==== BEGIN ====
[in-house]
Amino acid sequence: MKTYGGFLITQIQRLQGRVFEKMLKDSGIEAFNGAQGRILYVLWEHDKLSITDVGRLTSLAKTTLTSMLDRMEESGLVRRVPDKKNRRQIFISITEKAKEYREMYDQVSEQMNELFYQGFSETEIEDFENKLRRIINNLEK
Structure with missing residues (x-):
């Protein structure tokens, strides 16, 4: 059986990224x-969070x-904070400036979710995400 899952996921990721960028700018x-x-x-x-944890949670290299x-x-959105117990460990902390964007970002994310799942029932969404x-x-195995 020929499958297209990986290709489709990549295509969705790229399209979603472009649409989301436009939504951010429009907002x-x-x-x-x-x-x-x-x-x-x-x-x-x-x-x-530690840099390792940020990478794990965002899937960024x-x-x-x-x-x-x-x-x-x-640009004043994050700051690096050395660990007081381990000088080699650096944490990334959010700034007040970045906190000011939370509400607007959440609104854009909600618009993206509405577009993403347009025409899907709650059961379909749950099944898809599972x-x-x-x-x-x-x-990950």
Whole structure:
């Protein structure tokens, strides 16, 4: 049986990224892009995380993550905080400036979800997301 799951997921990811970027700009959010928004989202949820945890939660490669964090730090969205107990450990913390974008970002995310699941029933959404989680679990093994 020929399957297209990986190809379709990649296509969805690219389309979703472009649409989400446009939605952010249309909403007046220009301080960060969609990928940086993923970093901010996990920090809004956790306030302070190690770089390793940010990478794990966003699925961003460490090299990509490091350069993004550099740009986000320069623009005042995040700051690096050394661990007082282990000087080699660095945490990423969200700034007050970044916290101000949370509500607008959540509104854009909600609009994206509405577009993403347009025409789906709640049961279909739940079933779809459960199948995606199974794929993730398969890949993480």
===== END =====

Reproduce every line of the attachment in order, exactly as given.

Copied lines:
[in-house]
Amino acid sequence: MKTYGGFLITQIQRLQGRVFEKMLKDSGIEAFNGAQGRILYVLWEHDKLSITDVGRLTSLAKTTLTSMLDRMEESGLVRRVPDKKNRRQIFISITEKAKEYREMYDQVSEQMNELFYQGFSETEIEDFENKLRRIINNLEK
Structure with missing residues (x-):
């Protein structure tokens, strides 16, 4: 059986990224x-969070x-904070400036979710995400 899952996921990721960028700018x-x-x-x-944890949670290299x-x-959105117990460990902390964007970002994310799942029932969404x-x-195995 020929499958297209990986290709489709990549295509969705790229399209979603472009649409989301436009939504951010429009907002x-x-x-x-x-x-x-x-x-x-x-x-x-x-x-x-530690840099390792940020990478794990965002899937960024x-x-x-x-x-x-x-x-x-x-640009004043994050700051690096050395660990007081381990000088080699650096944490990334959010700034007040970045906190000011939370509400607007959440609104854009909600618009993206509405577009993403347009025409899907709650059961379909749950099944898809599972x-x-x-x-x-x-x-990950």
Whole structure:
């Protein structure tokens, strides 16, 4: 049986990224892009995380993550905080400036979800997301 799951997921990811970027700009959010928004989202949820945890939660490669964090730090969205107990450990913390974008970002995310699941029933959404989680679990093994 020929399957297209990986190809379709990649296509969805690219389309979703472009649409989400446009939605952010249309909403007046220009301080960060969609990928940086993923970093901010996990920090809004956790306030302070190690770089390793940010990478794990966003699925961003460490090299990509490091350069993004550099740009986000320069623009005042995040700051690096050394661990007082282990000087080699660095945490990423969200700034007050970044916290101000949370509500607008959540509104854009909600609009994206509405577009993403347009025409789906709640049961279909739940079933779809459960199948995606199974794929993730398969890949993480």